It is simply imperative for NASCAR to enhance their social media efforts in a big way. Nowadays, social media is a vital aspect of social culture and an essential marketing tool, which NASCAR should take advantage of. Breaking free of Turner would help this cause. After conducting a survey about the website user experience, NASCAR would likely find that the digital variables in their organization require major improvements. It is imperative for NASCAR to become independent from Turner in order to connect digitally and socially with their fan base. The burden of attaining Turner’s approval hurts NASCAR’s efforts to expand digitally. Facebook, Twitter, and other social mediums are too important for NASCAR to ignore. These mediums can be most productively taken advantage of without Turner.
Another essential task that NASCAR must accomplish is appealing to the 21st century fan. Not only should this be done online, but it also must be done in the NASCAR facilities. Attending races should be more of an interactive experience with some form of digital or smart phone fan involvement. To keep up with the other sports, NASCAR needs to improve their facilities, have cleaner bathrooms, and offer wifi at races. As a bonus, offering wifi will result in free word-of-mouth advertising when fans are able to post pictures and videos to social media platforms.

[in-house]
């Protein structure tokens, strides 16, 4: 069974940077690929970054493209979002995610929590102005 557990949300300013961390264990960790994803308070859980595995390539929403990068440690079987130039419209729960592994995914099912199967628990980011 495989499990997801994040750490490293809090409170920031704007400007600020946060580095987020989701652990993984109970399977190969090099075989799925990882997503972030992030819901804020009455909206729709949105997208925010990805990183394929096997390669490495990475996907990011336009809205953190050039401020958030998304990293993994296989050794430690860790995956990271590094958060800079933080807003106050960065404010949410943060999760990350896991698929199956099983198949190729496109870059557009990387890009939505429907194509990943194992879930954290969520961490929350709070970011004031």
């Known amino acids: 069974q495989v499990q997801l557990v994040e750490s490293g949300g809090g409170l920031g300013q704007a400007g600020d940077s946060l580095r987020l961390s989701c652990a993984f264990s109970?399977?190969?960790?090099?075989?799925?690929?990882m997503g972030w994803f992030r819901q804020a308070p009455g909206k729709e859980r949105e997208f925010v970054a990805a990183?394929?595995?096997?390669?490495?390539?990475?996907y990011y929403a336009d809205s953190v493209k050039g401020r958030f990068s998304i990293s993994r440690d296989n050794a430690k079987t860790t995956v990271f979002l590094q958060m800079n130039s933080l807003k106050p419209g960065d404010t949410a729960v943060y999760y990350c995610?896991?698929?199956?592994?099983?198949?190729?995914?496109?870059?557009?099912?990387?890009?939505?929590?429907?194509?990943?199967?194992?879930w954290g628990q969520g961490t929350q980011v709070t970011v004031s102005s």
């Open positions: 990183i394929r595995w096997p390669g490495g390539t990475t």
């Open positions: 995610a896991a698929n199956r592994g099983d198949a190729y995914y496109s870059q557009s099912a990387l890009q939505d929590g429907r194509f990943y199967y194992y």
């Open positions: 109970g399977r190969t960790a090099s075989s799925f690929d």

To further engage the 21st century fan, NASCAR must encourage their drivers to brand themselves and become involved with social media to connect with fans. Possessing and capitalizing on social media platforms will allow the drivers to brand themselves in a way that makes them appear relatable. Full fan engagement hinges on the stars of the sport and it is crucial for fans to identify with and root for the drivers.
To combat changing demographics, NASCAR must unearth ways to charm new groups of consumers. Educating these consumers about NASCAR is a great first step in sparking their interest, as many segments of consumers are entirely unfamiliar with NASCAR. The organization should make efforts to entice new segments of consumers, while also continuing to keep steadfast fans enthralled. Perhaps a dual marketing campaign, targeting new and existing segments, would be an ample solution to optimize NASCAR’s fan base